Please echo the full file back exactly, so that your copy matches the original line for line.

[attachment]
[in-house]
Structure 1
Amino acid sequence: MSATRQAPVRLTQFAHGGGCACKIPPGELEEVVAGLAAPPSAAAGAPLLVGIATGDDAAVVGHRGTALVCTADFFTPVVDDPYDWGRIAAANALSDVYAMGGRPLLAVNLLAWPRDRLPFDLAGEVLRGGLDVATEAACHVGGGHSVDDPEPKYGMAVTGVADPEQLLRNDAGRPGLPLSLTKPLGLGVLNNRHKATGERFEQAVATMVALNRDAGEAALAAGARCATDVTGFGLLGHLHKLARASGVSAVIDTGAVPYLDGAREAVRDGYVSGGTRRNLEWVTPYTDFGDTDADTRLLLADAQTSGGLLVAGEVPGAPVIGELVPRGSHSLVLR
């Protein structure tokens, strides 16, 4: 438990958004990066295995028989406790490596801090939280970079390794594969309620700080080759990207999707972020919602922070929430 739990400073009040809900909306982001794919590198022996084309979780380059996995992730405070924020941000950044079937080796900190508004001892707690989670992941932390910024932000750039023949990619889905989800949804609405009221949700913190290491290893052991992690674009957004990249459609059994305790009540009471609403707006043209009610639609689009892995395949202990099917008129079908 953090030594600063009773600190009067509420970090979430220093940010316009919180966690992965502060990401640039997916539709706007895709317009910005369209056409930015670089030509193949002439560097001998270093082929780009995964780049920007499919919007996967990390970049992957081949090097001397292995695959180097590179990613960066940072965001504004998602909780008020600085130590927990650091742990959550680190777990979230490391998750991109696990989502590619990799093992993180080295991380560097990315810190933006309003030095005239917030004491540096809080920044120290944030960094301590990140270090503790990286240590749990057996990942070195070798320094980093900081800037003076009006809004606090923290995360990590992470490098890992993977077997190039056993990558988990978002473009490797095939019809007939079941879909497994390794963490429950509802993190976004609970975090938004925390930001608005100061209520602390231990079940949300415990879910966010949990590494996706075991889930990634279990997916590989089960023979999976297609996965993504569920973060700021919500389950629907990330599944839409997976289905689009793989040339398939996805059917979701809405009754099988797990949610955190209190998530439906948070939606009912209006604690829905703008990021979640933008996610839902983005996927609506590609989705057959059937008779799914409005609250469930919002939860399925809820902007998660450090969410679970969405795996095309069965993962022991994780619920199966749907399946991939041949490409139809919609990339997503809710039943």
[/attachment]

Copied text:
[in-house]
Structure 1
Amino acid sequence: MSATRQAPVRLTQFAHGGGCACKIPPGELEEVVAGLAAPPSAAAGAPLLVGIATGDDAAVVGHRGTALVCTADFFTPVVDDPYDWGRIAAANALSDVYAMGGRPLLAVNLLAWPRDRLPFDLAGEVLRGGLDVATEAACHVGGGHSVDDPEPKYGMAVTGVADPEQLLRNDAGRPGLPLSLTKPLGLGVLNNRHKATGERFEQAVATMVALNRDAGEAALAAGARCATDVTGFGLLGHLHKLARASGVSAVIDTGAVPYLDGAREAVRDGYVSGGTRRNLEWVTPYTDFGDTDADTRLLLADAQTSGGLLVAGEVPGAPVIGELVPRGSHSLVLR
């Protein structure tokens, strides 16, 4: 438990958004990066295995028989406790490596801090939280970079390794594969309620700080080759990207999707972020919602922070929430 739990400073009040809900909306982001794919590198022996084309979780380059996995992730405070924020941000950044079937080796900190508004001892707690989670992941932390910024932000750039023949990619889905989800949804609405009221949700913190290491290893052991992690674009957004990249459609059994305790009540009471609403707006043209009610639609689009892995395949202990099917008129079908 953090030594600063009773600190009067509420970090979430220093940010316009919180966690992965502060990401640039997916539709706007895709317009910005369209056409930015670089030509193949002439560097001998270093082929780009995964780049920007499919919007996967990390970049992957081949090097001397292995695959180097590179990613960066940072965001504004998602909780008020600085130590927990650091742990959550680190777990979230490391998750991109696990989502590619990799093992993180080295991380560097990315810190933006309003030095005239917030004491540096809080920044120290944030960094301590990140270090503790990286240590749990057996990942070195070798320094980093900081800037003076009006809004606090923290995360990590992470490098890992993977077997190039056993990558988990978002473009490797095939019809007939079941879909497994390794963490429950509802993190976004609970975090938004925390930001608005100061209520602390231990079940949300415990879910966010949990590494996706075991889930990634279990997916590989089960023979999976297609996965993504569920973060700021919500389950629907990330599944839409997976289905689009793989040339398939996805059917979701809405009754099988797990949610955190209190998530439906948070939606009912209006604690829905703008990021979640933008996610839902983005996927609506590609989705057959059937008779799914409005609250469930919002939860399925809820902007998660450090969410679970969405795996095309069965993962022991994780619920199966749907399946991939041949490409139809919609990339997503809710039943």